I-TEAM: Construction company in balcony collapse identified, dry rot suspected

BERKELEY, Calif. (KGO) -- The official investigation is underway to find out why that balcony collapsed in Berkeley Tuesday morning, killing six young people and injuring seven. But, a growing number of experts have already made up their minds -- they believe the deck failed because it wasn't waterproofed properly.

The construction company that built the apartment complex has been sued before over allegations of dry rot and substandard balconies at two of its other projects.

When city workers removed what was left of the balcony at Library Gardens to preserve it for the investigation, pieces of the wooden joists just crumbled in their hands -- clear evidence of water damage to the support beams.

Don Danmeier, forensic architect, spoke with Dan Noyes.

Danmeier: "That indicates the extent of that rot which is pretty severe."
Dan: "Pretty severe in your opinion?"
Danmeier: "Yes."

Danmeier has been a forensic architect for the past four decades, working on cases just like this. He said, "I suspect water got into the joints in the door and got under the door and got into the wood and rotted it out."

Danmeier tells Noyes it's clear the waterproofing was not installed properly by the time the building opened in 2007. The balcony should have had metal flashing under the door sill, connected to a waterproof barrier on the deck.

Noyes: "Is that a failure by the construction company or by the architect?"
Danmeier: "It's a failure by the architect if you didn't design one and require it to be installed. It's a problem for the contractor if he just simply overlooked it or did it wrong."

The I-Team learned Wednesday afternoon Thomas P. Cox Architects designed the building and Segue Construction built it. No comment from Cox so far. Segue construction settled two lawsuits in 2013 over allegations of dry rot and substandard balconies at projects in Millbrae and San Jose. A spokesman for the company tells me those lawsuits have no bearing on what happened in Berkeley and that "Segue construction has built more than 6,000 apartment units and has never had an incident like this in its history."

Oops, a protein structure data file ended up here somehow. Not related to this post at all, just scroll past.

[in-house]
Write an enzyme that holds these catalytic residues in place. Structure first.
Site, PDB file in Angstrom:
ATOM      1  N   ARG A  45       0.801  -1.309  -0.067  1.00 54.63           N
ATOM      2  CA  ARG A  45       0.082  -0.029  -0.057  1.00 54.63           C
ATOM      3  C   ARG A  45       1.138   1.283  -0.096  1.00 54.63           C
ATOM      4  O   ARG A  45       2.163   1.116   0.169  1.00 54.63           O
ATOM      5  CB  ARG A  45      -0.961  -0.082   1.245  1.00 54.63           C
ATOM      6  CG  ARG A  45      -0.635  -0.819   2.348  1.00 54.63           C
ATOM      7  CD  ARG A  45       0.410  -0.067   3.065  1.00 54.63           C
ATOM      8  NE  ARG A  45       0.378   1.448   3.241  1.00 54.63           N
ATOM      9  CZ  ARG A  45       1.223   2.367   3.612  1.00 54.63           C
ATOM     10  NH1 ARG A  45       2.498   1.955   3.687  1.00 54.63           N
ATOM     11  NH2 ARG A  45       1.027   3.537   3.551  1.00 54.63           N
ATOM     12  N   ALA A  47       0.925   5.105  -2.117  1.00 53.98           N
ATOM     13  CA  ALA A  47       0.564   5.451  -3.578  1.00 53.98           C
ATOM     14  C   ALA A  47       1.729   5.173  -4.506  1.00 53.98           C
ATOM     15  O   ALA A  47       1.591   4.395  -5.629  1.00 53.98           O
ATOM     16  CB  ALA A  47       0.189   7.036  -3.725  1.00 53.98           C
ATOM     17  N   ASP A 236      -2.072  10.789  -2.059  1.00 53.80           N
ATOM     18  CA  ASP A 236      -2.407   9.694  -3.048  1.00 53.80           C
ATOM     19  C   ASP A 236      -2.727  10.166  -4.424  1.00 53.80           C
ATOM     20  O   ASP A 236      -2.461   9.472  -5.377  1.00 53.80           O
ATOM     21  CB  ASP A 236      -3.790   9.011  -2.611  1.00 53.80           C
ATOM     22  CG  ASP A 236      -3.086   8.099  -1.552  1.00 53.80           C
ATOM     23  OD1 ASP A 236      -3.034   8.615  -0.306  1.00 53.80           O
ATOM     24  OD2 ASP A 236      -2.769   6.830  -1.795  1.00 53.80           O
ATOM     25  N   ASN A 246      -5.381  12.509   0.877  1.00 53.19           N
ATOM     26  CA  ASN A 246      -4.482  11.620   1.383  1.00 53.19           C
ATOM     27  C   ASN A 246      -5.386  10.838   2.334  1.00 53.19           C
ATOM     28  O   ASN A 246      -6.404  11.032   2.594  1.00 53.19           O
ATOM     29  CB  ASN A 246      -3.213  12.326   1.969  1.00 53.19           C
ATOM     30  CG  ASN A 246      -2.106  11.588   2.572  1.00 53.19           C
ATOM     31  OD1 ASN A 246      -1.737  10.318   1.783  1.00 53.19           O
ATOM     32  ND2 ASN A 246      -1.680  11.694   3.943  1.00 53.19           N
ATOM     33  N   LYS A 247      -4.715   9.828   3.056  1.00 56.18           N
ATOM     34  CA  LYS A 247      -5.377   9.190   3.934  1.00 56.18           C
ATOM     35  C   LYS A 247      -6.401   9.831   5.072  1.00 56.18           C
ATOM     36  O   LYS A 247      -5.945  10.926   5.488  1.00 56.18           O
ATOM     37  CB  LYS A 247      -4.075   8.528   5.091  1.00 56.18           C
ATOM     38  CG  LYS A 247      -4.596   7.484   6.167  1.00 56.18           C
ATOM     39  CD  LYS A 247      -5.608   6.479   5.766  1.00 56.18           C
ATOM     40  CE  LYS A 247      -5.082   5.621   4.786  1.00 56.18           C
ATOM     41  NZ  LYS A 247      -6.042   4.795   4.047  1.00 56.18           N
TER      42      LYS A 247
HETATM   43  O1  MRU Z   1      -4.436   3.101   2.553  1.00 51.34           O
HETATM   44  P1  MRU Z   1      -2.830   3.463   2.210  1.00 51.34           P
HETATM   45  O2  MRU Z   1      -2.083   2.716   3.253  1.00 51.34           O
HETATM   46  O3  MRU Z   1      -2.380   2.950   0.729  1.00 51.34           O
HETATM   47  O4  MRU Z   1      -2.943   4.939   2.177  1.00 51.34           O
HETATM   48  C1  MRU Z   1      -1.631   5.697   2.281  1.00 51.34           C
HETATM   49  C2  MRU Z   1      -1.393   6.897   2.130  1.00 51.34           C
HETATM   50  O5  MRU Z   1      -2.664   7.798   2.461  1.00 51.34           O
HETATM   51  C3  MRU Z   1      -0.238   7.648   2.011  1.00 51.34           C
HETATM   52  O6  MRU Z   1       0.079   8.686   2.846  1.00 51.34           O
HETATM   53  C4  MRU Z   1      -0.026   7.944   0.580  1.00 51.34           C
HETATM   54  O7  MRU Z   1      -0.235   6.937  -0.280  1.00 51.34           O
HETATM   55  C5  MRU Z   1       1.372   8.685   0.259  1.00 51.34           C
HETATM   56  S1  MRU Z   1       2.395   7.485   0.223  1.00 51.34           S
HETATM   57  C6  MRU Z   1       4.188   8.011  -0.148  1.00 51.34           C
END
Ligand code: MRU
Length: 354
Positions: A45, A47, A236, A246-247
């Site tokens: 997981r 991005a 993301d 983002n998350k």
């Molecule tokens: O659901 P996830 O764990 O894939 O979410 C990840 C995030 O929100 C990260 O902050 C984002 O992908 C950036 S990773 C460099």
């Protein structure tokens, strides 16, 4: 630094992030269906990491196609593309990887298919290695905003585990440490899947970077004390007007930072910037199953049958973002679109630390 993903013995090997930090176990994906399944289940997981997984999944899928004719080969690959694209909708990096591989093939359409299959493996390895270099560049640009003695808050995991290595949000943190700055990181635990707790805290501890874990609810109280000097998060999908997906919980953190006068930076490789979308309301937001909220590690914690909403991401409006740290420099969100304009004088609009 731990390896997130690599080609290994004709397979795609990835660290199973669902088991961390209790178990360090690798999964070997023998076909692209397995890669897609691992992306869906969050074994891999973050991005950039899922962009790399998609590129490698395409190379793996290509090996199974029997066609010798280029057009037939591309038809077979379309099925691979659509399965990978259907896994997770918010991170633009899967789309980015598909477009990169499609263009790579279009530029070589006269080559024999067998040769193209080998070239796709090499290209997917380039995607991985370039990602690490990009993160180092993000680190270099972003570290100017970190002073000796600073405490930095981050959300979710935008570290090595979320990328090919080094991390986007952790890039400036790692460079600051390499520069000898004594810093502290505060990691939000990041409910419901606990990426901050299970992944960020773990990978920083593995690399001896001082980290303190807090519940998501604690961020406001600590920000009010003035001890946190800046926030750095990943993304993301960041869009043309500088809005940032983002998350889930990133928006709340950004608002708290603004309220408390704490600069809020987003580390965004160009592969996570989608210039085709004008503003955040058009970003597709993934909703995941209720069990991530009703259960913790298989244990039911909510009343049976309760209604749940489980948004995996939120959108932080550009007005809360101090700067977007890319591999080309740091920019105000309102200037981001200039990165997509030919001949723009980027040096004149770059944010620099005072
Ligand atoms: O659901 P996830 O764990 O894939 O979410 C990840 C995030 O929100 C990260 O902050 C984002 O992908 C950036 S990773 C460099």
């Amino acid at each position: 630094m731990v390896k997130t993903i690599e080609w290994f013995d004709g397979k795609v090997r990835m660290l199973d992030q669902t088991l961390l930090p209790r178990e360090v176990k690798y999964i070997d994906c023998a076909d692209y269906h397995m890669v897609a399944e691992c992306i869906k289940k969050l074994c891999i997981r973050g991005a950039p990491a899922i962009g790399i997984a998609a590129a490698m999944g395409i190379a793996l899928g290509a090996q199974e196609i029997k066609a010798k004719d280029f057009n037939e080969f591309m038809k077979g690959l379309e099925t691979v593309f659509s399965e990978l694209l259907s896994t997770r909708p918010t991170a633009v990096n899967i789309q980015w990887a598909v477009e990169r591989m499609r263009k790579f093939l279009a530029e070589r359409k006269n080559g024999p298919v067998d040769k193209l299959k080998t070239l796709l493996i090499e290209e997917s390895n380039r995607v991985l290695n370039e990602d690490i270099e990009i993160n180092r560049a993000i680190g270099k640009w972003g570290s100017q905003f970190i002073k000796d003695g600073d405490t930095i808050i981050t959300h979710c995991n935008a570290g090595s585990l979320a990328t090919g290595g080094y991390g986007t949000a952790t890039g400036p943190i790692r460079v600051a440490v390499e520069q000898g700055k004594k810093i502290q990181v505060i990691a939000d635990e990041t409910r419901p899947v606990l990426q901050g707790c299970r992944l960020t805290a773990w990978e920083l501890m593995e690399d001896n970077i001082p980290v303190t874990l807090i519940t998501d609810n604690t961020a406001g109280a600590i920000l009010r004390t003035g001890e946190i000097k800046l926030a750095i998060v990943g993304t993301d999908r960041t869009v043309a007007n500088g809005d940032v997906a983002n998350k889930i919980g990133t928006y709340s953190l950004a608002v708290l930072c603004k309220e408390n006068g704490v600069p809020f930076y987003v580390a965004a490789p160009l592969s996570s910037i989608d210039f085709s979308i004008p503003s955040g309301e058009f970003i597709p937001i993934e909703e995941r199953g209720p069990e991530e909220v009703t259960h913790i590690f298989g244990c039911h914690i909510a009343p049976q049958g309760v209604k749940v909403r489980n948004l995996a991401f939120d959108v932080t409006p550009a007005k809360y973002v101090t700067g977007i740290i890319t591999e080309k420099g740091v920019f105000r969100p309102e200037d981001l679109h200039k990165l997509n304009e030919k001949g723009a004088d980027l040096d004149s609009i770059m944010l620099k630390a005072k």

Darrick Hom, President of Structural Engineers Association of Northern California, tells us, "One of these events, rare events, that occur like this tends to get everybody's nerves rattled."

There's no question that balcony was crowded before it gave way.

To show you, the I-Team taped an outline about the size of the deck and asked 13 tourists to stand inside. That's how crowded it was, if all the victims were on the balcony at the same time. But, the deck should have held -- it was well within the sixty pounds per square foot building code.

Wednesday, city inspectors issued this notice of violation to Library Gardens, saying the balcony below the one that collapsed "is structurally unsafe and presents a collapse hazard endangering public safety."

They gave the owners 24 hours to remove the balcony.

Hom believes, "The fact that they have requested that the third floor balcony be removed means that the same existing conditions of the deterioration or decay of the wood is significant and serious enough that they would warrant having to remove it."

Danmeier is concerned that the water damage goes farther inside the building: "We want to make sure, somebody should make sure, that the joists aren't deteriorated back into the interior of the building. That rot will spread latterly both ways, so what we don't want is floor failure on the inside."

Berkeley Mayor Tom Bates also said he believed dry rot played a role in the collapse. He then had to back off, stating it was his personal opinion and that city investigators have not reached a conclusion. We'll stay on top of it.

Seque Company Statement:
"Our hearts go out to the families and loved ones of the young people who died or were injured in this tragic accident. We have offered our assistance and full cooperation to investigating authorities. We cannot provide any additional information at this time as we are still awaiting further details.

Segue Construction has built more than 6,000 apartment units and has never had an incident like this in its history.

Lastly, litigation regarding balconies in San Jose has no bearing on this tragedy. Such litigation is common to major construction projects."

Sam Singer, Company Spokesman
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